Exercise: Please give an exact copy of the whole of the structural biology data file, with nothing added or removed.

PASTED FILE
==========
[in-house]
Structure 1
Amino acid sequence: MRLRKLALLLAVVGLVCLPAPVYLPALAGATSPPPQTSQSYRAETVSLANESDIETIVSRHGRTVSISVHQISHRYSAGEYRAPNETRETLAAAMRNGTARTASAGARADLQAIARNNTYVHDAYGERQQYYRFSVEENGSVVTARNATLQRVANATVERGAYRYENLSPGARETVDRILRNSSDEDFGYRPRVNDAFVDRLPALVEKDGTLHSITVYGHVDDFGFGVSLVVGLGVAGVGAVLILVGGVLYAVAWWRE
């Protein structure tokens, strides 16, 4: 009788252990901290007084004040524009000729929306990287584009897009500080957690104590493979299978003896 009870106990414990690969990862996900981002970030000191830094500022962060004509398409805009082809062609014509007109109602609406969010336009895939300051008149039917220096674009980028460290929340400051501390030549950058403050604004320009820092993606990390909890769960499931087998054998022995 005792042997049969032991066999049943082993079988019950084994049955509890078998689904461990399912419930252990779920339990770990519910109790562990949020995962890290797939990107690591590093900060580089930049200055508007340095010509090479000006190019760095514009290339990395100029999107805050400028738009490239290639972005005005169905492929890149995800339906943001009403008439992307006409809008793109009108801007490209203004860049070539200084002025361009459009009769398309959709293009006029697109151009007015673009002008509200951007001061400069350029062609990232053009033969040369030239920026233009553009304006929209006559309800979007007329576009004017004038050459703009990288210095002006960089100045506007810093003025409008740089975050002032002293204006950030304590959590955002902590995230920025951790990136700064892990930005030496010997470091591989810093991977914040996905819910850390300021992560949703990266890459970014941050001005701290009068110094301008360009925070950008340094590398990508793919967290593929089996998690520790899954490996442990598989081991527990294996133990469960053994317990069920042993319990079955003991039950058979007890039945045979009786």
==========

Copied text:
[in-house]
Structure 1
Amino acid sequence: MRLRKLALLLAVVGLVCLPAPVYLPALAGATSPPPQTSQSYRAETVSLANESDIETIVSRHGRTVSISVHQISHRYSAGEYRAPNETRETLAAAMRNGTARTASAGARADLQAIARNNTYVHDAYGERQQYYRFSVEENGSVVTARNATLQRVANATVERGAYRYENLSPGARETVDRILRNSSDEDFGYRPRVNDAFVDRLPALVEKDGTLHSITVYGHVDDFGFGVSLVVGLGVAGVGAVLILVGGVLYAVAWWRE
């Protein structure tokens, strides 16, 4: 009788252990901290007084004040524009000729929306990287584009897009500080957690104590493979299978003896 009870106990414990690969990862996900981002970030000191830094500022962060004509398409805009082809062609014509007109109602609406969010336009895939300051008149039917220096674009980028460290929340400051501390030549950058403050604004320009820092993606990390909890769960499931087998054998022995 005792042997049969032991066999049943082993079988019950084994049955509890078998689904461990399912419930252990779920339990770990519910109790562990949020995962890290797939990107690591590093900060580089930049200055508007340095010509090479000006190019760095514009290339990395100029999107805050400028738009490239290639972005005005169905492929890149995800339906943001009403008439992307006409809008793109009108801007490209203004860049070539200084002025361009459009009769398309959709293009006029697109151009007015673009002008509200951007001061400069350029062609990232053009033969040369030239920026233009553009304006929209006559309800979007007329576009004017004038050459703009990288210095002006960089100045506007810093003025409008740089975050002032002293204006950030304590959590955002902590995230920025951790990136700064892990930005030496010997470091591989810093991977914040996905819910850390300021992560949703990266890459970014941050001005701290009068110094301008360009925070950008340094590398990508793919967290593929089996998690520790899954490996442990598989081991527990294996133990469960053994317990069920042993319990079955003991039950058979007890039945045979009786």